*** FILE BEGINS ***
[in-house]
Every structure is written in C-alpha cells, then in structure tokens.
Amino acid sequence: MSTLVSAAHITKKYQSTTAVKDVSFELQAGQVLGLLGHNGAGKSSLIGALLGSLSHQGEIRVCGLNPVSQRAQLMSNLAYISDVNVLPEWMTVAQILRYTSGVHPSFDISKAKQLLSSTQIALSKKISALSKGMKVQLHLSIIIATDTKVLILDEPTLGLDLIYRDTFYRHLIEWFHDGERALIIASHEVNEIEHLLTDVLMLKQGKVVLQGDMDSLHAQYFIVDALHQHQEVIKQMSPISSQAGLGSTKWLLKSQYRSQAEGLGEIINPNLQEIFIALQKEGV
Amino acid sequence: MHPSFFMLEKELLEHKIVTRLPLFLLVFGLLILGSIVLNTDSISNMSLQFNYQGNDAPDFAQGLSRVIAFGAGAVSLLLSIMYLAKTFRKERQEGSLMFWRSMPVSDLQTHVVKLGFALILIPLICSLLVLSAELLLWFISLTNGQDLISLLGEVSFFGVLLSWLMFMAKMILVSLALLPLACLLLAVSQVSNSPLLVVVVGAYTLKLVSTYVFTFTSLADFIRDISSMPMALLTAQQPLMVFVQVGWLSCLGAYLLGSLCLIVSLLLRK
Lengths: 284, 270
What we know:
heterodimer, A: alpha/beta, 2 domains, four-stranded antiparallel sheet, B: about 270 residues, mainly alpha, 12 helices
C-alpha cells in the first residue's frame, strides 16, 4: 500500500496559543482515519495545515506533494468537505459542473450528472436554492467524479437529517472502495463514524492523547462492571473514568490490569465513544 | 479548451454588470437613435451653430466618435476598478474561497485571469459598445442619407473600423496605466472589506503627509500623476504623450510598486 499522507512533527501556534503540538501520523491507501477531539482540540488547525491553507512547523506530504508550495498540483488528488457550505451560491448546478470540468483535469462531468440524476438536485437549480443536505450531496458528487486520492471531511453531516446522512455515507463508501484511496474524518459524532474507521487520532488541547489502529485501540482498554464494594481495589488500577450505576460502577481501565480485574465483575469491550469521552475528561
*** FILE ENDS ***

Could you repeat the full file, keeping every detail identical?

[in-house]
Every structure is written in C-alpha cells, then in structure tokens.
Amino acid sequence: MSTLVSAAHITKKYQSTTAVKDVSFELQAGQVLGLLGHNGAGKSSLIGALLGSLSHQGEIRVCGLNPVSQRAQLMSNLAYISDVNVLPEWMTVAQILRYTSGVHPSFDISKAKQLLSSTQIALSKKISALSKGMKVQLHLSIIIATDTKVLILDEPTLGLDLIYRDTFYRHLIEWFHDGERALIIASHEVNEIEHLLTDVLMLKQGKVVLQGDMDSLHAQYFIVDALHQHQEVIKQMSPISSQAGLGSTKWLLKSQYRSQAEGLGEIINPNLQEIFIALQKEGV
Amino acid sequence: MHPSFFMLEKELLEHKIVTRLPLFLLVFGLLILGSIVLNTDSISNMSLQFNYQGNDAPDFAQGLSRVIAFGAGAVSLLLSIMYLAKTFRKERQEGSLMFWRSMPVSDLQTHVVKLGFALILIPLICSLLVLSAELLLWFISLTNGQDLISLLGEVSFFGVLLSWLMFMAKMILVSLALLPLACLLLAVSQVSNSPLLVVVVGAYTLKLVSTYVFTFTSLADFIRDISSMPMALLTAQQPLMVFVQVGWLSCLGAYLLGSLCLIVSLLLRK
Lengths: 284, 270
What we know:
heterodimer, A: alpha/beta, 2 domains, four-stranded antiparallel sheet, B: about 270 residues, mainly alpha, 12 helices
C-alpha cells in the first residue's frame, strides 16, 4: 500500500496559543482515519495545515506533494468537505459542473450528472436554492467524479437529517472502495463514524492523547462492571473514568490490569465513544 | 479548451454588470437613435451653430466618435476598478474561497485571469459598445442619407473600423496605466472589506503627509500623476504623450510598486 499522507512533527501556534503540538501520523491507501477531539482540540488547525491553507512547523506530504508550495498540483488528488457550505451560491448546478470540468483535469462531468440524476438536485437549480443536505450531496458528487486520492471531511453531516446522512455515507463508501484511496474524518459524532474507521487520532488541547489502529485501540482498554464494594481495589488500577450505576460502577481501565480485574465483575469491550469521552475528561